University scientists discover a compound that may slow the progression of ALS.
Northwestern University researchers have identified the first compound, NU-9, that eliminates the ongoing degeneration of brain neurons in the paralyzing disease known as amyotrophic lateral sclerosis (ALS). It is also commonly known as Lou Gehrig’s disease after a famous baseball player who suffered from ALS. Sporadic ALS occurs in 95% of people with the disease, meaning it can be present without a clear cause, while the other 5% is known as familial ALS (FALS), which has a genetic component.
ALS is a neurodegenerative disease in which upper motor neurons degrade in victims to the point that those diagnosed lose essential motor function and eventually pass away from the disorder. Other motor neuron diseases, such as hereditary spastic paraplegia (HSP) and primary lateral sclerosis (PLS), follow a similar pattern. Thus far, there has been no drug or treatment for the brain component of ALS and these other conditions.
“Even though the upper motor neurons are responsible for the initiation and modulation of movement, and their degeneration is an early event in ALS, so far there has been no treatment option to improve their health,” said senior author Hande Ozdinler, associate professor of neurology at Northwestern University Feinberg School of Medicine. “We have identified the first compound that improves the health of upper motor neurons that become diseased. Improving the health of brain neurons is important for ALS and other motor neuron diseases.”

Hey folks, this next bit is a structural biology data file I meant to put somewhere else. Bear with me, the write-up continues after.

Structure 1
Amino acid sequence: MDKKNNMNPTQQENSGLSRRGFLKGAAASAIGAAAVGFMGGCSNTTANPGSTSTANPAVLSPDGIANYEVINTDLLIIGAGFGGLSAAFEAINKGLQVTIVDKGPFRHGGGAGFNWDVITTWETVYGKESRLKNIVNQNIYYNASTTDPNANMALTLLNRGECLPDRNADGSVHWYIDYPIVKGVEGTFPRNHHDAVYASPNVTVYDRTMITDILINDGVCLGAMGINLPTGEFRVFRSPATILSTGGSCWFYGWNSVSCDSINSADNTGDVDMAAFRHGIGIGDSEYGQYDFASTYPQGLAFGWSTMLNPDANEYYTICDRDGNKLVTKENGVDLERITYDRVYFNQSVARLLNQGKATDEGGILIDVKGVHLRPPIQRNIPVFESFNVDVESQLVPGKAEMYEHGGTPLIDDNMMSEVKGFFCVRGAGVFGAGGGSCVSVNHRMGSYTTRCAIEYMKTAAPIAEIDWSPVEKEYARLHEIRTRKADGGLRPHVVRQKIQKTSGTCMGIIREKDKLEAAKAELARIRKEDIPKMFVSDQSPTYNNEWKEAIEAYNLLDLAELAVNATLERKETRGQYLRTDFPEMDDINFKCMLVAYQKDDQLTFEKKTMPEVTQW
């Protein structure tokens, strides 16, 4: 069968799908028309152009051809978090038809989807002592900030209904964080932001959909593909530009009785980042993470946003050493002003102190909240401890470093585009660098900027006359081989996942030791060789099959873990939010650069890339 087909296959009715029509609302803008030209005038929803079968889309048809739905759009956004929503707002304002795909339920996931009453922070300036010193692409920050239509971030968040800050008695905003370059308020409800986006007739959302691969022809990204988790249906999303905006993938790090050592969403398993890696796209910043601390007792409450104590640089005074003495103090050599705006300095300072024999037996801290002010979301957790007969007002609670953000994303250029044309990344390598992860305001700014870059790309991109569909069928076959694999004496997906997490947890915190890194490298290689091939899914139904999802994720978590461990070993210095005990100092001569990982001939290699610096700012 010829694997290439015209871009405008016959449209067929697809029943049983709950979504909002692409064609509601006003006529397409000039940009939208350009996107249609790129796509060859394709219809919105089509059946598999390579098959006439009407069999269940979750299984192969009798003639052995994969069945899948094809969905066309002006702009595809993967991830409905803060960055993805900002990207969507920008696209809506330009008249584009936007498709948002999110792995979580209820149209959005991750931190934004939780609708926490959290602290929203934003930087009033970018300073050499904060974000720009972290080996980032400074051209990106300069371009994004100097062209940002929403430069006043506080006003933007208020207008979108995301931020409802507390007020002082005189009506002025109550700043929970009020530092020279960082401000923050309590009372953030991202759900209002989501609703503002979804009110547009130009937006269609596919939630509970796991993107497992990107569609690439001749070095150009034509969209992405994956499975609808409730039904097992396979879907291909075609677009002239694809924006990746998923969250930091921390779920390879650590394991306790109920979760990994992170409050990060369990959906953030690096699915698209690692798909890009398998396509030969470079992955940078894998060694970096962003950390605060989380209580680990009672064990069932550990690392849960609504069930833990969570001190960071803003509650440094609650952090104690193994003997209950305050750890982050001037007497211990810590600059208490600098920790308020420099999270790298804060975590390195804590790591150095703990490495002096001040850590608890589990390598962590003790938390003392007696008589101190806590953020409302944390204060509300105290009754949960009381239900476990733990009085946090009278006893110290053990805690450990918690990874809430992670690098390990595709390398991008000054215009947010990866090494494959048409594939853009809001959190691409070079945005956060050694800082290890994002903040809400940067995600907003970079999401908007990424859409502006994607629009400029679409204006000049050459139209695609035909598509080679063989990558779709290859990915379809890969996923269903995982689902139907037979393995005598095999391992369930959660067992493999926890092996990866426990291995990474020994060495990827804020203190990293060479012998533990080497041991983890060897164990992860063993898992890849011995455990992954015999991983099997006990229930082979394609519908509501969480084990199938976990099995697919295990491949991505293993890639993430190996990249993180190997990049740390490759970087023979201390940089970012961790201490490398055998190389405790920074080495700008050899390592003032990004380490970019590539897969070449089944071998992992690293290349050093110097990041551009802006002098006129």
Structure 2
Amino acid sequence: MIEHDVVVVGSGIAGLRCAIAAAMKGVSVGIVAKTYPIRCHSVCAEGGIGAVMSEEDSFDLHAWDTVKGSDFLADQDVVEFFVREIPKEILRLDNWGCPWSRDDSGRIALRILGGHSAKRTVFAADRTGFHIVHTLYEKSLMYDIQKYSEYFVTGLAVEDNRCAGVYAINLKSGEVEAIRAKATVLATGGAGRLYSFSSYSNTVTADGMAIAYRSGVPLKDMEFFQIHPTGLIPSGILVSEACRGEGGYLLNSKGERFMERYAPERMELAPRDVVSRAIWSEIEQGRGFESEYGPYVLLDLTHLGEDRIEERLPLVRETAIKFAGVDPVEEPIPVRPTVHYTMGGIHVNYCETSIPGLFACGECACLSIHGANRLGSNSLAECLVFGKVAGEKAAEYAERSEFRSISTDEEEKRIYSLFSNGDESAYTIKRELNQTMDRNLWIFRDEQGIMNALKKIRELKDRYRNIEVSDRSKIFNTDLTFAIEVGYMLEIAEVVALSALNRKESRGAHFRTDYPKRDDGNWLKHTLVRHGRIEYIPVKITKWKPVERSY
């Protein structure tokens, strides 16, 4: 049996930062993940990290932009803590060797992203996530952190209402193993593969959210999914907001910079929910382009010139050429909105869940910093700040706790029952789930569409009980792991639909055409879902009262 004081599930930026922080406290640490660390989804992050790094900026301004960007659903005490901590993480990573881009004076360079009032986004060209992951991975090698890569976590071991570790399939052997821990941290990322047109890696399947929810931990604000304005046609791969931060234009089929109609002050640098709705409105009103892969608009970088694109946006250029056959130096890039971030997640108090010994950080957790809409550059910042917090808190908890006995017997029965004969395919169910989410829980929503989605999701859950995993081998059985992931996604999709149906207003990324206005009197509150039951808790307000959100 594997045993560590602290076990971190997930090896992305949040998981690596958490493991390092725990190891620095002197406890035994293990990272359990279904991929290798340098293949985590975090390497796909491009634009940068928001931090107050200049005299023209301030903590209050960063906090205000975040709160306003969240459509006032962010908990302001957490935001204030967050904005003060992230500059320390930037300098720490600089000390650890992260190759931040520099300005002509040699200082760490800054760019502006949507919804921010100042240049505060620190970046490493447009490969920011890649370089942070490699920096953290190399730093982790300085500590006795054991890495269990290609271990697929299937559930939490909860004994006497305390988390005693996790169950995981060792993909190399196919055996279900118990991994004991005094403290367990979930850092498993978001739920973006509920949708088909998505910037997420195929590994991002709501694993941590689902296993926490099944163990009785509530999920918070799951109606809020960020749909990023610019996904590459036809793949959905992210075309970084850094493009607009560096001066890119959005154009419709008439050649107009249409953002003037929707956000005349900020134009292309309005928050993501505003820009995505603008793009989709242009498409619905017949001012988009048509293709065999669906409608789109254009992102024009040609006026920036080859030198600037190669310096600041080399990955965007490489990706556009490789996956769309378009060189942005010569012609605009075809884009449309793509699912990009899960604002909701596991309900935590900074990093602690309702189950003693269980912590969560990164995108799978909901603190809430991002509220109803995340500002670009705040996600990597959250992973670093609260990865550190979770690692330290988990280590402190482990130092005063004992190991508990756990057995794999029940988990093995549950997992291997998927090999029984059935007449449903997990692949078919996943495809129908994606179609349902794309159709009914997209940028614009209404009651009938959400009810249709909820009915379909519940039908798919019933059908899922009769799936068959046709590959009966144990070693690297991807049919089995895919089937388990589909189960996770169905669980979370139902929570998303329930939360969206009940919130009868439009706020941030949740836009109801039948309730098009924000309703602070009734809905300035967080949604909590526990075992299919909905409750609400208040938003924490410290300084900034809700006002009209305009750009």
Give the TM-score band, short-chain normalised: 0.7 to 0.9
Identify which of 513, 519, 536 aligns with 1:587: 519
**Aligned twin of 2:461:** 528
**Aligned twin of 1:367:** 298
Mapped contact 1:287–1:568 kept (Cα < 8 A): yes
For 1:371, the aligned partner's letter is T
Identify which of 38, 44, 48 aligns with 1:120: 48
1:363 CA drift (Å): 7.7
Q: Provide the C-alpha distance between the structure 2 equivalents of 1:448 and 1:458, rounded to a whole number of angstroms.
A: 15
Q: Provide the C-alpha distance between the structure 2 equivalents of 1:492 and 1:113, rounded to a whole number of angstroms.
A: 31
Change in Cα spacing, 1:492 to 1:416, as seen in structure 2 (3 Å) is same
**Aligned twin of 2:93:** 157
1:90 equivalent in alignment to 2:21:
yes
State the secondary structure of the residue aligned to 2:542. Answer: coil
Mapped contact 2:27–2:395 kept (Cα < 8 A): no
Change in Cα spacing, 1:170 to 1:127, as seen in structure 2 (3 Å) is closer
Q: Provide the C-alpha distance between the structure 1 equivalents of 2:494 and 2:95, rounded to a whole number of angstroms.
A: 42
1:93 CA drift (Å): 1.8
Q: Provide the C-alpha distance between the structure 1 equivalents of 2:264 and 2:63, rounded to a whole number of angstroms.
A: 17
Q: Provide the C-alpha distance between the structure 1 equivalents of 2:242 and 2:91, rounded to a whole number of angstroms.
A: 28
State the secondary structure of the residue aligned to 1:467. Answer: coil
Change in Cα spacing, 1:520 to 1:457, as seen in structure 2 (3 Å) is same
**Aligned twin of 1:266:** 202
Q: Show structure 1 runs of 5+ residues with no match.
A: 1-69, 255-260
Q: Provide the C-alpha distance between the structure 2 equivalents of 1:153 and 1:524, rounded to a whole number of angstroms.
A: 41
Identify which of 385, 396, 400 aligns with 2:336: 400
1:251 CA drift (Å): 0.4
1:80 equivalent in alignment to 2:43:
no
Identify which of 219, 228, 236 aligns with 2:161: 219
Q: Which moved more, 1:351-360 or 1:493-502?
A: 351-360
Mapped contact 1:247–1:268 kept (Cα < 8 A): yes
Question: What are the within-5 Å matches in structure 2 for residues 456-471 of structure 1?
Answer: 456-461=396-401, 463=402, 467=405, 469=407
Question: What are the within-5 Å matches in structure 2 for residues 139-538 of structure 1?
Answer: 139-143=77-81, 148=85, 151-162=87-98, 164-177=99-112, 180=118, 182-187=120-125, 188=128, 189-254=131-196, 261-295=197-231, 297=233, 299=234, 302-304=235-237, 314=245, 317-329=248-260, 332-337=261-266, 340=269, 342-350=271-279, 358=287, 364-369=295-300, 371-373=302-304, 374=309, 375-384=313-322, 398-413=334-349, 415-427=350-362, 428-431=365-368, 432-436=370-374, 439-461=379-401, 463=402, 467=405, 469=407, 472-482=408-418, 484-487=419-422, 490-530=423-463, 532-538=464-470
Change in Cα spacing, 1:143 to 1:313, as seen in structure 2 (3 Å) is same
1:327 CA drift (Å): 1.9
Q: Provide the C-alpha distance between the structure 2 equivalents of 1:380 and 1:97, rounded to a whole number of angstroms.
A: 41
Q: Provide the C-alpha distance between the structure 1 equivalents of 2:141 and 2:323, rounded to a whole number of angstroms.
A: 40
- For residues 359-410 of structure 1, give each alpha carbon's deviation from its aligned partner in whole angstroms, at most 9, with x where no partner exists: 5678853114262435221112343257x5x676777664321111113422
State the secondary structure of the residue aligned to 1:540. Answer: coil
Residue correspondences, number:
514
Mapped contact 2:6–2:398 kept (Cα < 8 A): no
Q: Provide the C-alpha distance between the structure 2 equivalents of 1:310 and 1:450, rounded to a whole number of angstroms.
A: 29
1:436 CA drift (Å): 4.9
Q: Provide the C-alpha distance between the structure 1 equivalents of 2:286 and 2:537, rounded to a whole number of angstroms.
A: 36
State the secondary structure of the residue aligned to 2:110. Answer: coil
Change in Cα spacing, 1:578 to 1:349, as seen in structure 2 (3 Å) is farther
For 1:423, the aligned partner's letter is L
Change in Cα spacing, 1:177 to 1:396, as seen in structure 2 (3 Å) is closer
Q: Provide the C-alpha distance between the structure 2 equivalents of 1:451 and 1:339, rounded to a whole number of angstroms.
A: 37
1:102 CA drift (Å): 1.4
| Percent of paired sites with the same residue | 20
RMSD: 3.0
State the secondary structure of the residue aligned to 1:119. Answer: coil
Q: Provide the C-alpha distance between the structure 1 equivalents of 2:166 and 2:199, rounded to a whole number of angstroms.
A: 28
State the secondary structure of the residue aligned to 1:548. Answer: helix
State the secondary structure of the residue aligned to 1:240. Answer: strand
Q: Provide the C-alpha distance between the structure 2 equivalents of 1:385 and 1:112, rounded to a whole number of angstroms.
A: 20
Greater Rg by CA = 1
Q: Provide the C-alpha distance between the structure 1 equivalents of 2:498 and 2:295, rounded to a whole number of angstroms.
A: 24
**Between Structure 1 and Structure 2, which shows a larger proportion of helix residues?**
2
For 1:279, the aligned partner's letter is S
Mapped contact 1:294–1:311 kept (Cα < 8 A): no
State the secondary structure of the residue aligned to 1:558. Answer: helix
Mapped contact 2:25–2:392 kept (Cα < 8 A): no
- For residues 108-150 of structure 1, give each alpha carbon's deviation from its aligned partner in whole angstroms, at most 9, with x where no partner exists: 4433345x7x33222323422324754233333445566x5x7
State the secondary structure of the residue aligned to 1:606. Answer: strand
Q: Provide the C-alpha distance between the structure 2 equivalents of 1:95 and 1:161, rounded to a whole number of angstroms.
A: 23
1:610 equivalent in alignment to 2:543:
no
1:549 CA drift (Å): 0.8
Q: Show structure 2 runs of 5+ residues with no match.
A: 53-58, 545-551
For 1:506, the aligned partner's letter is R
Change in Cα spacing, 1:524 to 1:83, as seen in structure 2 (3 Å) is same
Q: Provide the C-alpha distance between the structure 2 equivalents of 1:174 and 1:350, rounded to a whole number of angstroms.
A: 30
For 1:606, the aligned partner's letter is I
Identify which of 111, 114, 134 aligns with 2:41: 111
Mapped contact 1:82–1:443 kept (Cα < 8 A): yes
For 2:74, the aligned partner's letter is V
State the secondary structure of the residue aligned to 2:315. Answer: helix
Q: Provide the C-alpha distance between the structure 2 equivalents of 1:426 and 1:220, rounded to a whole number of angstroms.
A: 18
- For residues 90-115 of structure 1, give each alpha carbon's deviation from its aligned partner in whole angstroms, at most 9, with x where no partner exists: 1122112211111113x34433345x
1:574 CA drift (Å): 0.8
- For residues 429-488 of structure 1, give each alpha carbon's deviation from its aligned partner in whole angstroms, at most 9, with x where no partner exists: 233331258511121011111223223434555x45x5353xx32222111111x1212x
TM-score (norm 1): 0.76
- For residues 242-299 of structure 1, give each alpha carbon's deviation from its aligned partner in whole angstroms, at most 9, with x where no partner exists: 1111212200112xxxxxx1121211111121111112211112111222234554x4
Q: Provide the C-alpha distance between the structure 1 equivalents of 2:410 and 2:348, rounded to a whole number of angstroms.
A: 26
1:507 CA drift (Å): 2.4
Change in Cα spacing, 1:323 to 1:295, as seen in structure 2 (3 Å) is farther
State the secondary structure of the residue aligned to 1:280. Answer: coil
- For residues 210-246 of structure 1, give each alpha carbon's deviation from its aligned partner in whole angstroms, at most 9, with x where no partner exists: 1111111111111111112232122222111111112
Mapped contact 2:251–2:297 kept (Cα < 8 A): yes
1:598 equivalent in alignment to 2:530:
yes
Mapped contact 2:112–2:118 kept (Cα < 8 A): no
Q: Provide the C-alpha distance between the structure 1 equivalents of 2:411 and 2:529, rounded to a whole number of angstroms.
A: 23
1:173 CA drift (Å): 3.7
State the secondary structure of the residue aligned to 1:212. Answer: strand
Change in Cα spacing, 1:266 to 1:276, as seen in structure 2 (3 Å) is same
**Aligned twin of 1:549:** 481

Ozdinler and study co-author Richard B. Silverman, a Northwestern chemistry professor, published their findings in Clinical and Translational Medicine. In previous lab tests, Silverman had identified a nontoxic compound called NU-9 and its ability to “reduce protein misfolding in critical cell lines.”
“I am very excited to find out if our hypothesis that stabilizing upper motor neurons in mice will translate to humans and NU-9 will provide hope for those inflicted with currently untreatable upper motor neuron diseases,” Silverman said.
“The NU-9 compound addresses two of the important factors that cause upper motor neurons to become diseased in ALS: protein misfolding and protein clumping inside the cell. Proteins fold in a unique way to function; when they misfold they become toxic to the neuron,” the researchers write. “Sometimes proteins aggregate inside the cell and cause pathology as in the TDP-43 protein pathology. This happens in about 90% of all ALS patient brains and is one of the most common problems in neurodegeneration.”
The results seemed positive in lab studies of mice. “NU-9 helped repair upper motor neurons that become diseased due to increased protein misfolding. After administering NU-9, both the mitochondria and the endoplasmic reticulum began to regain their health and integrity resulting in improved neuron health. The upper motor neurons were more intact, their cell bodies were larger, and the dendrites were not riddled with holes,” they conclude.
Lead study authors Ozdinler and Silverman are members of the Chemistry of Life Processes Institute at Northwestern. The research was funded by grant R01 AG061708 from the National Institute on Aging of the National Institutes of Health, NUCATS, Northwestern University, Les Turner ALS Foundation and the ALSA TREAT ALS Award.